Patient/Physician Partnership 

It inspired me to write my own instructions for a hospital stay...make sure to visit the "How to prepare for a hospital stay" page. The information there can be used as a guide.

Below are a few of the questions that I sent to my surgeon prior to my brain surgery. I’m proud to say that he answered every one! These questions can be used as a guideline for any procedure.

  •  What is the number of this type of procedure performed by you? How frequently? When was the most recent?

  • What is the size of my CA? Is it considered small, medium, or large? Discuss the significant risk for me. 

  • Is my condition life threatening now and/or as I age?

  • What is the exact % of risk at this time for a re-occurrence? During our discussion, you mentioned significant, what is meant by significant? Is it more significant due to the fact that there is a VM and a CA?

  • What is the % risk increase per year?

  • If it does bleed again, what, if any permanent damage is possible? 

  • Would it/ is it like what I’ve already experienced or could it be worse?

  • Would there be a metal plate used to close the skull? If used, does it prohibit a future MRI/CAT scan for any reason?

  • Exactly what areas of the brain would be affected? 

  • What are the REAL risks associated with this surgical procedure?

  • What are the possible complications that could occur? 

  • What is the possibility and % of risk that any or all complications would be permanent?

  • After surgery, what do you estimate as the amount of time before I would be “normal” again? For example: Speech, strength, daily functions for work, memory, driving, etc.

  • What are the pros and cons as you see them?

  • Is the closure done with sutures or staples?

  • Exactly how much hair would be shaved and in what pattern.

  • Is it possible and/or do you recommend speaking with a patient who has experienced this same procedure in the same location in the brain? Why or Why not?

  • Are you currently treating any patients that have had one bleed and have not chosen surgical removal at this time? Is it possible to speak with her/him?

  • How many patients and what % of them have a surgical removal of the CA after one bleed? How many decided to wait? How long has it been since their 1st bleed? What % had surgery after two?

  • How many patients are you currently treating for this condition?

  • What makes me a good candidate for a successful procedure?

  • Would the surgical procedure be viewed or videotaped as part of a training or case study? 

  • Are there other alternatives besides surgical removal or do nothing and wait?

  • Is removal prior to another bleed better/preferred? Why or Why not?

  • Is there more of a risk since there is also a VM? Can it be easily seen/detected and left alone during the procedure? What is the chance that the VM could bleed on its own? What % of VM’s bleed? Exactly where is my VM located in relation to the CA?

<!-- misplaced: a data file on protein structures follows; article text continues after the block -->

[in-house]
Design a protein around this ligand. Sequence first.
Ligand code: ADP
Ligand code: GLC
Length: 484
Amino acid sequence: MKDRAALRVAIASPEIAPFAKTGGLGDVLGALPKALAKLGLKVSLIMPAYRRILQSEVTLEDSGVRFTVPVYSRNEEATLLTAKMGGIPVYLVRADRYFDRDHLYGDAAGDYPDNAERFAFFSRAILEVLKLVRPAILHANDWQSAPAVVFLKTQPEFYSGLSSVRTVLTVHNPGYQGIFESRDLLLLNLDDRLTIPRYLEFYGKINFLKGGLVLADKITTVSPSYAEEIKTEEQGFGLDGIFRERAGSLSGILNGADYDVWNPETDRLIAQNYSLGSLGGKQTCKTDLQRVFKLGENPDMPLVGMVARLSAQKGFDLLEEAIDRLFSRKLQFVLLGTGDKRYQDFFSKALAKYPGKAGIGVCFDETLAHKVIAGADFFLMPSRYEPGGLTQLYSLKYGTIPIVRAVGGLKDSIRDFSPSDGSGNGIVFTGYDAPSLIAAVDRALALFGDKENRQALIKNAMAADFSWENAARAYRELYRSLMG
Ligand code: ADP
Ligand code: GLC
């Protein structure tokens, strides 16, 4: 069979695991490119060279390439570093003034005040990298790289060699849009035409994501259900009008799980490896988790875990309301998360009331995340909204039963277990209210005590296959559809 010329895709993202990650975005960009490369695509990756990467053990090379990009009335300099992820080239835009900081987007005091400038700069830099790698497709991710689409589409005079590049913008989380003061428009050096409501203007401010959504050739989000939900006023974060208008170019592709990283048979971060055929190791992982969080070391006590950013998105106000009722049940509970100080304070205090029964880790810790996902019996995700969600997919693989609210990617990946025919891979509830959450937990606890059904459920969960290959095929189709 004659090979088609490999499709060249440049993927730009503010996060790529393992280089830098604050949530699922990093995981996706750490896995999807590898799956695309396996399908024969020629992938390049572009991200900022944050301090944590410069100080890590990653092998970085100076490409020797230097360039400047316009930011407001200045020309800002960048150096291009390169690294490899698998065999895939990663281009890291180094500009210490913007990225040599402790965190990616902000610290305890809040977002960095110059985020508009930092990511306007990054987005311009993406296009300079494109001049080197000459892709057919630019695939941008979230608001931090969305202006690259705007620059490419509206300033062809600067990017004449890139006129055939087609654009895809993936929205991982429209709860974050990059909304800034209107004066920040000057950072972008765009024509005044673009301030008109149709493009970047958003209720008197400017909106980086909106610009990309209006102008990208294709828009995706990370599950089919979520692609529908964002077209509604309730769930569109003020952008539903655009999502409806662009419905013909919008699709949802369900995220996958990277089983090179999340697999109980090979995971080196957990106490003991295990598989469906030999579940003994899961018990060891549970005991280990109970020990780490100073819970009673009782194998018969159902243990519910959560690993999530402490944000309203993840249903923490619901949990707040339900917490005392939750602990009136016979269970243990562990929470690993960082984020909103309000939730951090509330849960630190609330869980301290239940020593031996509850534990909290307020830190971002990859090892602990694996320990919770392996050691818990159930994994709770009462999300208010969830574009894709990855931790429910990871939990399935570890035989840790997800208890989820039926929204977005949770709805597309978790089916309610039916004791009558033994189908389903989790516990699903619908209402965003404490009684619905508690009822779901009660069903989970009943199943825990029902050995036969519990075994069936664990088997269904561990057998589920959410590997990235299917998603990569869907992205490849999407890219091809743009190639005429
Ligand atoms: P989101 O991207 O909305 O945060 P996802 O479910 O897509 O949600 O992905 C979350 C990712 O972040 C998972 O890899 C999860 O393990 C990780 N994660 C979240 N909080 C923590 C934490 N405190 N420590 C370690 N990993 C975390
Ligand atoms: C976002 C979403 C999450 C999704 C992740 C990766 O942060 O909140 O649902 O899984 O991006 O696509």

• What would be required pre-operatively? Post-operatively?

  • During this type of procedure are blood transfusions usually needed or necessary? Why or why not?

  • How much follow-up is required after this surgery?

  • If you had an AVM/CA and needed surgery, who would you want to be your surgeon? Why?

  • Who would you recommend for a second opinion? Why?

  • What is the ideal time for surgery for this? Now? 6 months? Longer? Does the sooner the better apply?

  • What % and/or number of your patients have experienced any permanent damage as a result of a hemorrhage and/or as a result of the surgery? 

  • What drugs/medications will be used prior to, during, and after the surgery?

  • Are there any medications or supplements that I need to discontinue prior to surgery? If there are, how soon can I return to taking them after the surgery?

  • What music do you listen to during the procedure?

To learn more about AVM’s and CA’s and other rare disorders visit NORD - The National Organization for Rare Disorders.  A NORD resource guide lists detailed information on national support groups, patient organizations, government agencies, and foundations that serve the needs of people with rare disorders and disabilities. Contact them at 203-744-0100/ www.rarediseases.org or email them at orphan@rarediseases.org 




I view the patient/physician relationship as a partnership where communication is the key. Prior to all doctor appointments, read and research information on conditions and treatment options that pertain to your health issue. Write down a list of questions that you need answered and tests that you believe should be performed. Discuss them with you doctor during your time together ~ it will make a difference. 

"Surviving Hospitalization", a personal account written by Dr. R. Mayer, can be found in the September 2004 and October 2004 issues of Our Toxic Times. To order your copy of the article, contact CIIN 406-547-2255/ www.ciin.org. This article contains excellent information for the chemically sensitive individual!